2. Acquisition metrics: Tráfic & Paid Traffic (Number and Percentage)
  3. Activation: Conversion Rate, Bounce, NPS
  4. Efficiency: CPC, CPA
  5. Next task is to assign each metric to someone that has nothing to do with it and this is something extremely important. The reason why its not about avoiding them to brag about their numbers or present excuses is about bringing new knowledge on the table. Example: If the SEO person has to explain why the CPA or CPL has dropped (or not) he/she will have to ask around and learn some new stuff. Keep a few metrics for yourself.
  6. Prepare the monthly half an hour meeting and do the homework. Share the templates you are going to use and explain how would you like them to present the data, who is going to be on the meeting, and remind them that this is something meant to be made as a team( that there is no problem if some numbers are wrong the first times, as maybe you are the one that has not explained yourself right.) Reinforce the safe space for some is going to be the first time talking about some of those numbers.
  7. At the first meeting, set the stage. If you tell the story before, the team will tend to follow the same structure. I found this hard in the beginning, but we came across additional benefits. If you set how conversations are structured around your numbers, you are changing the company culture. (you coach the system to change the culture)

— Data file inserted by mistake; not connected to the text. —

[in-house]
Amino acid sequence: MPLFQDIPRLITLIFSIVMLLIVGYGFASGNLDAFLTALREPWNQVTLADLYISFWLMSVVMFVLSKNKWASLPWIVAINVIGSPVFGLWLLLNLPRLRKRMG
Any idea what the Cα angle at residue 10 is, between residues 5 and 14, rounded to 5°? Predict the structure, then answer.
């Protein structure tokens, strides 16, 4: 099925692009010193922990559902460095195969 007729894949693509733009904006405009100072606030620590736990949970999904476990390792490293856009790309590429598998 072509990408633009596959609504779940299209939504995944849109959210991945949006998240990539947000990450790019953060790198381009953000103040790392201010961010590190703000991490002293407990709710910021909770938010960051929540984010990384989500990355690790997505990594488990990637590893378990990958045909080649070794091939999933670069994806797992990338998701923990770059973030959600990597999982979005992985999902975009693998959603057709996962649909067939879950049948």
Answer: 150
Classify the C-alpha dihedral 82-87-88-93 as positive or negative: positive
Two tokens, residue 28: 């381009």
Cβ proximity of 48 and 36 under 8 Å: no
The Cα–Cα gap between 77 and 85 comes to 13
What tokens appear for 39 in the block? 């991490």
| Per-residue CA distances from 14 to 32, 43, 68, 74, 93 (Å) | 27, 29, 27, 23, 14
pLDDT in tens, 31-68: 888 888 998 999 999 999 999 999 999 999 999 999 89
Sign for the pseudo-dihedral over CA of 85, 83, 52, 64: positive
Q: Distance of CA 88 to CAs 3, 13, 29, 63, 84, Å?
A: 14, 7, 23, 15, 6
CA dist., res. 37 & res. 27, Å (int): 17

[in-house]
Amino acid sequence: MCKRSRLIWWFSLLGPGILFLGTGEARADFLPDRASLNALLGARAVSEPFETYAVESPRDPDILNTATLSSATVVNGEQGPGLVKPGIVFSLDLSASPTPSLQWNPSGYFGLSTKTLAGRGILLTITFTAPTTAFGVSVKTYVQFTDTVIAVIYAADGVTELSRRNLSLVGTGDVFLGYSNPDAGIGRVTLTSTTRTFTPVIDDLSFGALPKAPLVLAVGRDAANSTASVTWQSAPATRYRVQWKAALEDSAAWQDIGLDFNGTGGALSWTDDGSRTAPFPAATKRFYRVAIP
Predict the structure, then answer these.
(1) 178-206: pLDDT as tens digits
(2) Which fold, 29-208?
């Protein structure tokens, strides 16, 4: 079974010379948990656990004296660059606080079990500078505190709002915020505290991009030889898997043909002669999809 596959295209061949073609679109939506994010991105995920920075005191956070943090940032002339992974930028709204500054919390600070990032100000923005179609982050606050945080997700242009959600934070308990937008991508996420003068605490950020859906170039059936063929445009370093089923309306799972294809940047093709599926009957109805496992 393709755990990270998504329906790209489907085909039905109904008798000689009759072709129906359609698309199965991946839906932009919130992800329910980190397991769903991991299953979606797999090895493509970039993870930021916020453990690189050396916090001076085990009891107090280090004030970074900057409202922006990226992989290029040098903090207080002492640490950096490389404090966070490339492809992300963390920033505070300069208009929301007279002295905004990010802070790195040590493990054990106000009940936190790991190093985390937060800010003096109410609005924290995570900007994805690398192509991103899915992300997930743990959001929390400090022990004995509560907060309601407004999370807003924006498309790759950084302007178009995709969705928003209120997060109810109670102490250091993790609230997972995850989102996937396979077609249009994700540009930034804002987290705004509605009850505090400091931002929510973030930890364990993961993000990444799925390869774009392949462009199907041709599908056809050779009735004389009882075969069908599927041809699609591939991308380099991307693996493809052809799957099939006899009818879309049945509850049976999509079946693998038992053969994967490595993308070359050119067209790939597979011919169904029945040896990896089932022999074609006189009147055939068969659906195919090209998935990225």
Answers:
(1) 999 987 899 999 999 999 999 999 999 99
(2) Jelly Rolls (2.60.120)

8. In the first couple of meetings, people will get the numbers wrong, surely they will not know what causes what and they may feel embarrassed of explaining the “work of others” but that is completely right. Just let them know in advance.

What did we get in the end?

  1. Each member of the team knew how their work was related to the rest of the team. Before the information flow was vertical (bottom-up to me), then it changed to be more horizontal as they wanted to help the rest of the team in this task and they started to visualize how could they collaborate.
  2. Second, they get recognition, by listening to others explaining what have they accomplished they get the ego boost.
  3. Finally, as we rotate the KPI on a regular basis, they get to know more about the other roles. (how the increase of investment normally brings prices up, how changing the literals on a web page increase the conversion rate so the prices drop or how by improving the response time of the web page, the conversion is higher and the prices lower.

The day after:

Years have passed since we started this journey, it is true that we skip some sessions and that it took time, but we got that feeling of belonging, of understanding how do we relate to each other, and the ego boost of knowing that we were the ones that were pushing up those numbers, the ones that could tell the story of what was going on, the ones that really knew why we are there, as a team.

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Jota , "dont dream it, be it"

Passionate Rock Climber, Avid Mountaineer, and clumsy surfer. I create safe spaces for team development. Hands-On Marketing Director